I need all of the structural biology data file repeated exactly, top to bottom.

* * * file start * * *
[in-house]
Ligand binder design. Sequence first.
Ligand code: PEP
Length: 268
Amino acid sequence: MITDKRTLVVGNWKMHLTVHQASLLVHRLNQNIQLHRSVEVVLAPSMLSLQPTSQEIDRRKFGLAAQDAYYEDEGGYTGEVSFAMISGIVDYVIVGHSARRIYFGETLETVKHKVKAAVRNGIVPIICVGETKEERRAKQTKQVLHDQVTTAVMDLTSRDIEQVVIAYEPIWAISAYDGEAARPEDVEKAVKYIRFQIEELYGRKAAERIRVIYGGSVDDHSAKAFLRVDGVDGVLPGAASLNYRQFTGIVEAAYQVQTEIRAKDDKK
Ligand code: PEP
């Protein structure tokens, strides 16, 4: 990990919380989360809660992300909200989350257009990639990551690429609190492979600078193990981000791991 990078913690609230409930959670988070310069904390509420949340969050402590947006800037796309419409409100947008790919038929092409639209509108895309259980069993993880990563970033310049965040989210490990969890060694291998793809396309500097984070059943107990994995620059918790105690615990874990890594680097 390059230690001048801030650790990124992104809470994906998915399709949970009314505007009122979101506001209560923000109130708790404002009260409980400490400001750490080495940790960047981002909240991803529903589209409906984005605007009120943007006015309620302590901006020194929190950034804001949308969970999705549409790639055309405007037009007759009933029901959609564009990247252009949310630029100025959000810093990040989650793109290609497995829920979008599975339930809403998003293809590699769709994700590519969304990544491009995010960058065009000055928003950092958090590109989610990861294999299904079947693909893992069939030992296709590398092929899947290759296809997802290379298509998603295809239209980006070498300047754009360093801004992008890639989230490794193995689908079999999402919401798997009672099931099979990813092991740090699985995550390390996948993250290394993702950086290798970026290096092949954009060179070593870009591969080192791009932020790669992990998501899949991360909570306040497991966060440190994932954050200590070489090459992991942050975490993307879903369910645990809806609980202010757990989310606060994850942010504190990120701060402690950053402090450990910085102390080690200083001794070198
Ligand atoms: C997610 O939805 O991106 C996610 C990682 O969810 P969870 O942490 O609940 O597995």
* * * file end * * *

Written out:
[in-house]
Ligand binder design. Sequence first.
Ligand code: PEP
Length: 268
Amino acid sequence: MITDKRTLVVGNWKMHLTVHQASLLVHRLNQNIQLHRSVEVVLAPSMLSLQPTSQEIDRRKFGLAAQDAYYEDEGGYTGEVSFAMISGIVDYVIVGHSARRIYFGETLETVKHKVKAAVRNGIVPIICVGETKEERRAKQTKQVLHDQVTTAVMDLTSRDIEQVVIAYEPIWAISAYDGEAARPEDVEKAVKYIRFQIEELYGRKAAERIRVIYGGSVDDHSAKAFLRVDGVDGVLPGAASLNYRQFTGIVEAAYQVQTEIRAKDDKK
Ligand code: PEP
């Protein structure tokens, strides 16, 4: 990990919380989360809660992300909200989350257009990639990551690429609190492979600078193990981000791991 990078913690609230409930959670988070310069904390509420949340969050402590947006800037796309419409409100947008790919038929092409639209509108895309259980069993993880990563970033310049965040989210490990969890060694291998793809396309500097984070059943107990994995620059918790105690615990874990890594680097 390059230690001048801030650790990124992104809470994906998915399709949970009314505007009122979101506001209560923000109130708790404002009260409980400490400001750490080495940790960047981002909240991803529903589209409906984005605007009120943007006015309620302590901006020194929190950034804001949308969970999705549409790639055309405007037009007759009933029901959609564009990247252009949310630029100025959000810093990040989650793109290609497995829920979008599975339930809403998003293809590699769709994700590519969304990544491009995010960058065009000055928003950092958090590109989610990861294999299904079947693909893992069939030992296709590398092929899947290759296809997802290379298509998603295809239209980006070498300047754009360093801004992008890639989230490794193995689908079999999402919401798997009672099931099979990813092991740090699985995550390390996948993250290394993702950086290798970026290096092949954009060179070593870009591969080192791009932020790669992990998501899949991360909570306040497991966060440190994932954050200590070489090459992991942050975490993307879903369910645990809806609980202010757990989310606060994850942010504190990120701060402690950053402090450990910085102390080690200083001794070198
Ligand atoms: C997610 O939805 O991106 C996610 C990682 O969810 P969870 O942490 O609940 O597995």